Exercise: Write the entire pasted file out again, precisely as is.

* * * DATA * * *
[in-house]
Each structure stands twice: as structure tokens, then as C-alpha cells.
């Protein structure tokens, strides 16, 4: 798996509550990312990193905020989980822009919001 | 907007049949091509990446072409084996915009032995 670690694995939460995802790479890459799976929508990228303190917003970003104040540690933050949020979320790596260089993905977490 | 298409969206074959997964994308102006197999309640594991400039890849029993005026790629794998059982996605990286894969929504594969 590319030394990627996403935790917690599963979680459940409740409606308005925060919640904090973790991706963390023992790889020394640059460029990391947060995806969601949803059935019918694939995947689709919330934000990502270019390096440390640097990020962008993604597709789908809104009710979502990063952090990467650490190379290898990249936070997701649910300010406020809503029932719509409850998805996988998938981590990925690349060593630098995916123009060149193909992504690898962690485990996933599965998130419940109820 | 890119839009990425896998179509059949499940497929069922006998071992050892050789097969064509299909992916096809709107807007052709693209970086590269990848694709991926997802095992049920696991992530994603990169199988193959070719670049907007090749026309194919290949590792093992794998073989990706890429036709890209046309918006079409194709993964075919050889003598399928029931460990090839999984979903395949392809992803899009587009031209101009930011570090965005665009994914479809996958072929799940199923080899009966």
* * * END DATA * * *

[in-house]
Each structure stands twice: as structure tokens, then as C-alpha cells.
């Protein structure tokens, strides 16, 4: 798996509550990312990193905020989980822009919001 | 907007049949091509990446072409084996915009032995 670690694995939460995802790479890459799976929508990228303190917003970003104040540690933050949020979320790596260089993905977490 | 298409969206074959997964994308102006197999309640594991400039890849029993005026790629794998059982996605990286894969929504594969 590319030394990627996403935790917690599963979680459940409740409606308005925060919640904090973790991706963390023992790889020394640059460029990391947060995806969601949803059935019918694939995947689709919330934000990502270019390096440390640097990020962008993604597709789908809104009710979502990063952090990467650490190379290898990249936070997701649910300010406020809503029932719509409850998805996988998938981590990925690349060593630098995916123009060149193909992504690898962690485990996933599965998130419940109820 | 890119839009990425896998179509059949499940497929069922006998071992050892050789097969064509299909992916096809709107807007052709693209970086590269990848694709991926997802095992049920696991992530994603990169199988193959070719670049907007090749026309194919290949590792093992794998073989990706890429036709890209046309918006079409194709993964075919050889003598399928029931460990090839999984979903395949392809992803899009587009031209101009930011570090965005665009994914479809996958072929799940199923080899009966």